Detective Drake gazed on the murder scene,
watching the crimson pool melt with the ice
and the snow-angel imprint left by Dean
when he collapsed after being stabbed twice.
“No murder weapon yet,” the deputy said,
“but his wife said he had plenty o’ enemies.”
Drake remarked, “Scarlet letters can be read,
but I’m not sure I want to read any of these.
“Dean was a man with a lot of free time,”
the Detective said, “especially for married women.”
Sighing, he added, “Too many suspects for this crime.”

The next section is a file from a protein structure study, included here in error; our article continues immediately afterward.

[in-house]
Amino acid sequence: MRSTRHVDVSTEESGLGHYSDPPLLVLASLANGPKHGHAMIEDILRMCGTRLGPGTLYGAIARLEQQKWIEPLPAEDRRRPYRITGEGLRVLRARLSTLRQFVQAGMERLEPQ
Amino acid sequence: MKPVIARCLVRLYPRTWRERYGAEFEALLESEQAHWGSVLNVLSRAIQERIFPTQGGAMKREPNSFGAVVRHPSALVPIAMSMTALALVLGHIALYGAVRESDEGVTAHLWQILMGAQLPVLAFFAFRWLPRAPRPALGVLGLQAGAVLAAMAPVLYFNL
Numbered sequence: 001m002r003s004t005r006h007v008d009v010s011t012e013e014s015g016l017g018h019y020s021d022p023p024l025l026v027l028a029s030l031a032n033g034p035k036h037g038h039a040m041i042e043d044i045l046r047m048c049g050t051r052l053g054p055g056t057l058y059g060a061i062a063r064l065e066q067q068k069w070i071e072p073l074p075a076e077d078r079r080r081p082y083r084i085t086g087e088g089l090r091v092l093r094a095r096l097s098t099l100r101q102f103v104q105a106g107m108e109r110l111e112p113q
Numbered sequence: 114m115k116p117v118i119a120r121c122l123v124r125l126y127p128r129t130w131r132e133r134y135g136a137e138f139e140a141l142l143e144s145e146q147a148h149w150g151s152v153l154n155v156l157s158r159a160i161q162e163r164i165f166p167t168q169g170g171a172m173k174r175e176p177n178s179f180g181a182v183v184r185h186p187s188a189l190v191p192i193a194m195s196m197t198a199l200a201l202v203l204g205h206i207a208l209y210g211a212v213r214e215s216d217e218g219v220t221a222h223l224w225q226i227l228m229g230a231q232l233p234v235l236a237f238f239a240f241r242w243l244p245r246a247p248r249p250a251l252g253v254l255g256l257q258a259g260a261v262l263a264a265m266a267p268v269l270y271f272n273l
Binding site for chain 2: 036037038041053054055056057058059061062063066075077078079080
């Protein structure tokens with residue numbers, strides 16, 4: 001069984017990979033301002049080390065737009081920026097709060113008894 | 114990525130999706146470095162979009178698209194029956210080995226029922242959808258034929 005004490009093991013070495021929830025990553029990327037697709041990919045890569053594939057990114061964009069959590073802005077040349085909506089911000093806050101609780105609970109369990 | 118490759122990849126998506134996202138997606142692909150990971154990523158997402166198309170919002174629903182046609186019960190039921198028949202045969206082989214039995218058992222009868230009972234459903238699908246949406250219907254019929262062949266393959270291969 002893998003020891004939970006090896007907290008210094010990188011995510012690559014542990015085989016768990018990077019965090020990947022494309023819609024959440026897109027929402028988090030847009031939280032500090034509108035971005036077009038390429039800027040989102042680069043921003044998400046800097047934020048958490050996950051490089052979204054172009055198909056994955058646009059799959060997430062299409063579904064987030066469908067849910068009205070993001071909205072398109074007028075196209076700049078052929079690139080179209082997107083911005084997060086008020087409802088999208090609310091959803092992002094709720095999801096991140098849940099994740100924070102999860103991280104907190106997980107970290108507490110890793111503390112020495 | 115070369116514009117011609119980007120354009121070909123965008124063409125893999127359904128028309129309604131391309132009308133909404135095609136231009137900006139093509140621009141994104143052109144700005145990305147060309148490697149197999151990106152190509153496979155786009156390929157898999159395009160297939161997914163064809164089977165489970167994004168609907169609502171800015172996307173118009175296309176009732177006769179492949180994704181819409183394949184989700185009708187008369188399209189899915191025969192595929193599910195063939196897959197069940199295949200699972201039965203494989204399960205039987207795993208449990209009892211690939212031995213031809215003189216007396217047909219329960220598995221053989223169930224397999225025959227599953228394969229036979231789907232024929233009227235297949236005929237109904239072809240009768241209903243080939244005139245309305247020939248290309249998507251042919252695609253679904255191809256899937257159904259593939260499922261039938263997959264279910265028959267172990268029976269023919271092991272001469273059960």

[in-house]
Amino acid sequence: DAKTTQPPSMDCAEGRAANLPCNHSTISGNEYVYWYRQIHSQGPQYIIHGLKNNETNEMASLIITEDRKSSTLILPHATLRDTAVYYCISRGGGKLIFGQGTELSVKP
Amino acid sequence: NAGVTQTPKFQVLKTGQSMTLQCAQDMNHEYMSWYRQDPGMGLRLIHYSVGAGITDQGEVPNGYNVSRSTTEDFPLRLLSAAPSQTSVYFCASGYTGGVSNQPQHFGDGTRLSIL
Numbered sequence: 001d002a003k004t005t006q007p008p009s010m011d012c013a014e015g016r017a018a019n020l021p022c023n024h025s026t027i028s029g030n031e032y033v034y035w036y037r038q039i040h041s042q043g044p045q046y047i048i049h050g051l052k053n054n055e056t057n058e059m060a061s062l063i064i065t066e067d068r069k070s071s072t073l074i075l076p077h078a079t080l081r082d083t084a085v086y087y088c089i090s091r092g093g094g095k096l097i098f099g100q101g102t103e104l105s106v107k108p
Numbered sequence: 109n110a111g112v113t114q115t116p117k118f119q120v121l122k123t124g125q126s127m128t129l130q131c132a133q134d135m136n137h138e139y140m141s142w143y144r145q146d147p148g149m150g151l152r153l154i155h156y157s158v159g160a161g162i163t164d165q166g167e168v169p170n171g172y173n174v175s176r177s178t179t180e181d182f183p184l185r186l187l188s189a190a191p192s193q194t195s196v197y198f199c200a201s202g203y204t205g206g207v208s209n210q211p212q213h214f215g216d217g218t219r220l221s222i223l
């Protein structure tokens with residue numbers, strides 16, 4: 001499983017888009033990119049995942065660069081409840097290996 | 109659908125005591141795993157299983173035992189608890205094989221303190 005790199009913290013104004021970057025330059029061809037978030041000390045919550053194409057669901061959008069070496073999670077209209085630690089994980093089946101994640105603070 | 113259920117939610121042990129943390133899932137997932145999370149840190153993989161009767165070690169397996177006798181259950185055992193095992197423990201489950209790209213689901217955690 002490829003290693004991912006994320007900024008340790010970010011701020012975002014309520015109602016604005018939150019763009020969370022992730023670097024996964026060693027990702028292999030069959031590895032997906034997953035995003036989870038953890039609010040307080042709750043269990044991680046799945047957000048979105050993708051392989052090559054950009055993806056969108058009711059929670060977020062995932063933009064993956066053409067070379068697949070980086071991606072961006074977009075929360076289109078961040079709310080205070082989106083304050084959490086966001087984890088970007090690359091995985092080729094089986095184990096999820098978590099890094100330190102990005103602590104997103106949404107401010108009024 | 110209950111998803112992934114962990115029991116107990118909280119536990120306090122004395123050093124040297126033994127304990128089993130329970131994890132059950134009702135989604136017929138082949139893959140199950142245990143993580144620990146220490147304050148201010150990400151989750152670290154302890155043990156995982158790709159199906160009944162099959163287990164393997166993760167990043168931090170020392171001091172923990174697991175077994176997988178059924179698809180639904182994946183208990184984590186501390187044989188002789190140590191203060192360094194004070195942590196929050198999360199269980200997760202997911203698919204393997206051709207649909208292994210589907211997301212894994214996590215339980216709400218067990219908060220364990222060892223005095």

He smiled as if he was sucking on a lemon.
On the porch sat Dean’s distraught wife,
crying as she was consoled by a local officer—
nearby, icicles were as sharp as a knife
and tears slid off of them as much as off of her.
Drake saw the ice gleam with the squad-car’s flash
and saw the same gleam in the eye of the widow,
both a furious red in time to a rhythmic slash
as the clouds overhead thickened with snow.
“Winter sure has a sharp ol’ set of fangs,”
the deputy said, staring at the ice-toothed house.
Drake ignored the icicles on the overhangs,
muttering to himself, “So does a jilted spouse.”